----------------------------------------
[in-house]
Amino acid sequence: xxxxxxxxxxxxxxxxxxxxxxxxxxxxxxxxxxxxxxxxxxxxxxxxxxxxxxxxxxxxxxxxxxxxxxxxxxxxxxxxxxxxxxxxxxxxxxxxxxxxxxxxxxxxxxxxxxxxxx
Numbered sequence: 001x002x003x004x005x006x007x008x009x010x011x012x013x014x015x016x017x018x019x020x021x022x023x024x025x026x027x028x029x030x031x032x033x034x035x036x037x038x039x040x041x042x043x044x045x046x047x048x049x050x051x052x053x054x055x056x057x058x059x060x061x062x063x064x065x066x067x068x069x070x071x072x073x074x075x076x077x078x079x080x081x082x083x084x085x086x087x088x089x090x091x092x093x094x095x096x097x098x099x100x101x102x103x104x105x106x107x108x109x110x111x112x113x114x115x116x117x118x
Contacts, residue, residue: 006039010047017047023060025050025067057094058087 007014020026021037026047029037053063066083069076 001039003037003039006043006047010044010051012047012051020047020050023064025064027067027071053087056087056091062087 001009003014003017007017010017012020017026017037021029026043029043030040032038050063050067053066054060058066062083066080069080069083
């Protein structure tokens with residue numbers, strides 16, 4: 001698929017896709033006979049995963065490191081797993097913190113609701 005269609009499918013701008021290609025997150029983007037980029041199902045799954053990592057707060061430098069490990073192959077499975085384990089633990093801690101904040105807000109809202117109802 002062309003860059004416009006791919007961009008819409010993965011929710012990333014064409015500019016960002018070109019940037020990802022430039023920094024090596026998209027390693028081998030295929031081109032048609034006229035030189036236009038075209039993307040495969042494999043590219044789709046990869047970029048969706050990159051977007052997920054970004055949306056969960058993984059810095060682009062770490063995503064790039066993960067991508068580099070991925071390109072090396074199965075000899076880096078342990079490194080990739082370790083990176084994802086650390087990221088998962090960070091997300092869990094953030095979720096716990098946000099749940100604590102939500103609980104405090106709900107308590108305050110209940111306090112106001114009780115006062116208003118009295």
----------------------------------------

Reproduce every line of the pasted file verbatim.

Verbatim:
[in-house]
Amino acid sequence: xxxxxxxxxxxxxxxxxxxxxxxxxxxxxxxxxxxxxxxxxxxxxxxxxxxxxxxxxxxxxxxxxxxxxxxxxxxxxxxxxxxxxxxxxxxxxxxxxxxxxxxxxxxxxxxxxxxxxx
Numbered sequence: 001x002x003x004x005x006x007x008x009x010x011x012x013x014x015x016x017x018x019x020x021x022x023x024x025x026x027x028x029x030x031x032x033x034x035x036x037x038x039x040x041x042x043x044x045x046x047x048x049x050x051x052x053x054x055x056x057x058x059x060x061x062x063x064x065x066x067x068x069x070x071x072x073x074x075x076x077x078x079x080x081x082x083x084x085x086x087x088x089x090x091x092x093x094x095x096x097x098x099x100x101x102x103x104x105x106x107x108x109x110x111x112x113x114x115x116x117x118x
Contacts, residue, residue: 006039010047017047023060025050025067057094058087 007014020026021037026047029037053063066083069076 001039003037003039006043006047010044010051012047012051020047020050023064025064027067027071053087056087056091062087 001009003014003017007017010017012020017026017037021029026043029043030040032038050063050067053066054060058066062083066080069080069083
């Protein structure tokens with residue numbers, strides 16, 4: 001698929017896709033006979049995963065490191081797993097913190113609701 005269609009499918013701008021290609025997150029983007037980029041199902045799954053990592057707060061430098069490990073192959077499975085384990089633990093801690101904040105807000109809202117109802 002062309003860059004416009006791919007961009008819409010993965011929710012990333014064409015500019016960002018070109019940037020990802022430039023920094024090596026998209027390693028081998030295929031081109032048609034006229035030189036236009038075209039993307040495969042494999043590219044789709046990869047970029048969706050990159051977007052997920054970004055949306056969960058993984059810095060682009062770490063995503064790039066993960067991508068580099070991925071390109072090396074199965075000899076880096078342990079490194080990739082370790083990176084994802086650390087990221088998962090960070091997300092869990094953030095979720096716990098946000099749940100604590102939500103609980104405090106709900107308590108305050110209940111306090112106001114009780115006062116208003118009295």